Prescription Medication

Drugs that a licensed physician prescribes for an authentic diagnosed condition are prescription medications. But addiction can ensue when people do not follow the specified amount or when someone enjoys the drug’s effect. Prescription drugs save lives, but when people abuse them, they become dangerous. Addiction, overdose, and death attributed to prescription medication are at the forefront of the news, particularly opioids.

This page doesn’t explain why people get addicted but rather gives basic information on different types of drugs.

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Prescription bottle.

Prescription Drugs Classification

Prescription drugs used for recreational purposes usually fall into one of these four classifications:

  1. Opioids and morphine derivatives: referred to as painkillers, also called narcotics. These prescription drugs contain either opium or are opium-related substances; some are synthetic or semi-synthetic. Opium, morphine, and codeine are natural substances collected and lightly processed from the opium poppy.

Changing the chemical structure of the naturally occurring opiates produces heroin, hydromorphone, and hydrocodone, considered semi-synthetic opioids. However, synthetic opioids like methadone and fentanyl are made in laboratories without the natural opioid as a starting material. Opioids are highly addictive.

2. Depressants: normally referred to as central nervous system (brain and spinal cord) depressants, they work to slow brain function. They include sedatives (used to make a person calm and drowsy) and tranquillizers (intended to reduce tension or anxiety). Alcohol, Barbiturates and Benzodiazepines  are considered depressants. Cannabis is considered a depressant but is often put in its own category as a mild psychedelic. (Major psychedelic drugs include LSD, mescaline and hallucinogenic mushrooms.)

3. Stimulants: a class of prescription drugs intended to increase energy and alertness. These also increase blood pressure, heart rate and breathing. Some well-known street drugs are also stimulants, like amphetaminecrystal meth, cocaine, crack cocaine and ecstasy (MDMA). Prescription drugs stimulants are methylphenidate and amphetamines.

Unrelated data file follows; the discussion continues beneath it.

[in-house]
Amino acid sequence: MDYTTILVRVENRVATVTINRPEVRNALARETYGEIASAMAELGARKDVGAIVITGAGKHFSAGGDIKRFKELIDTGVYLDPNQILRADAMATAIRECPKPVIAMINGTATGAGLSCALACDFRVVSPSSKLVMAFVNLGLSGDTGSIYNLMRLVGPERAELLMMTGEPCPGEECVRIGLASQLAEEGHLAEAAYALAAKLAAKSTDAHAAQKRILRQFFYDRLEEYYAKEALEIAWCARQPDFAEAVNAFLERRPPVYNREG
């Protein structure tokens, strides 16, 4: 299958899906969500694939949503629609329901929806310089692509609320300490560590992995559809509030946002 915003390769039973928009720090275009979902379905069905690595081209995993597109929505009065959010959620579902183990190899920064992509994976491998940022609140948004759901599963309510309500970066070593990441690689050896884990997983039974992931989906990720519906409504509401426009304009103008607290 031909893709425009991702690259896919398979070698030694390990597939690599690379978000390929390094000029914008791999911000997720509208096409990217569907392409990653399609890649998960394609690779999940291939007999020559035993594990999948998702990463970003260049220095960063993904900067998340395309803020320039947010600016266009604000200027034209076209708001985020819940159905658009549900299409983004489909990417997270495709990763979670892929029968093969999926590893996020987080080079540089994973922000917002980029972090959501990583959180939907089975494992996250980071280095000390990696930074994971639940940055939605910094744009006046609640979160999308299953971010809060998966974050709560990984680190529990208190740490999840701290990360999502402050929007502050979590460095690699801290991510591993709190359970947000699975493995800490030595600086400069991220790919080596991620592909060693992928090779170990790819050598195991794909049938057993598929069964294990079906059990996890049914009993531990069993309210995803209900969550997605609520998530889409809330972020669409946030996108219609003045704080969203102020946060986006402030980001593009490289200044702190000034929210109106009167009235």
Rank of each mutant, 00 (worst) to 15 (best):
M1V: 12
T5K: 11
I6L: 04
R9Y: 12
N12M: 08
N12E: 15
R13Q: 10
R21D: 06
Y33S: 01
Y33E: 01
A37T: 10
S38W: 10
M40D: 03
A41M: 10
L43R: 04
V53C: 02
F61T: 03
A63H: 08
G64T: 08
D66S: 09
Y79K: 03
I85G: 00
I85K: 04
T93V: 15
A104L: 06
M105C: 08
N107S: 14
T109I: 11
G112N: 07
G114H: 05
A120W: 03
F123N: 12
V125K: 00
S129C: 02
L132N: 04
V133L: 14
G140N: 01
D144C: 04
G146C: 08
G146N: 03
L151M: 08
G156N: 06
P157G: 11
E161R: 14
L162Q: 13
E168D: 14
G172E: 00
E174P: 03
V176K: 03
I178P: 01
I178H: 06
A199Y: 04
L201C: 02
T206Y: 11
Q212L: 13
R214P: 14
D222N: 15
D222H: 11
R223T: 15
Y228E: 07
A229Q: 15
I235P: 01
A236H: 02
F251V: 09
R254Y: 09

4. Antidepressants: psychiatric type drugs that are expected to handle depression.


Street Names for Prescription Drugs

Prescription drugs are also known as:

Opioids: Hillbilly heroin, oxy, OC, oxycotton, percs, happy pills, vikes, Apache, China Girl, Goodfella, China White, TNT, Friend, Dance Fever.

Depressants: barbs, reds, red birds, phennies, tooies, yellows, yellow jackets; candy, downers, sleeping pills, tranks; A-minus, zombie pills.

Stimulants: Skippy, the smart drug, Vitamin R, bennies, black beauties, roses, hearts, speed, uppers.

Antidepressants: bars, handle bars, xan bars, xanies, footballs.

In Short

Some drugs like Zyprexa, Seroquel, and Haldol, are known as “major tranquillizers” or “anti-psychotics,” because they are supposed to reduce the symptoms of mental illness. Depressants such as Xanax, Klonopin, Halcion are often referred to as “benzos” (short for benzodiazepine).

And there are depressants, such as Valium, Numbutal, and Seconal, classed as barbiturates—drugs used as sedatives and sleeping pills.

Appearance & Short-term Effects

These drugs come in multicoloured tablets and capsules or liquid form.


Short-term Effects:

Slurred speech
Dilated pupils
Difficulty or inability to urinate
Visual disturbances
Slow brain function
Poor concentration
Lack of coordination
Slowed pulse and breathing
Lowered blood pressure

Long-term Use:

It can produce depression, sleep problems, breathing difficulties, chronic fatigue, and sexual problems. On a psychological level, jumbled memories, mental blanks, difficulty remembering, and strain with simple mental exercises, stupidity. As dependency on the drug increases, cravings, anxiety, or panic are common if the user cannot get more.

If you or someone close to you is struggling to quit their abuse of some prescription drug, please get in touch with one of our referral addiction counsellors. They are experts in the best way to deal with the issue. We can help, but you need to make the call or request we contact you.

Picture of Marc J. Bernard

Marc J. Bernard

Substance Use Disorder & Recovery Professional,
Referral & Consultation Counsellor

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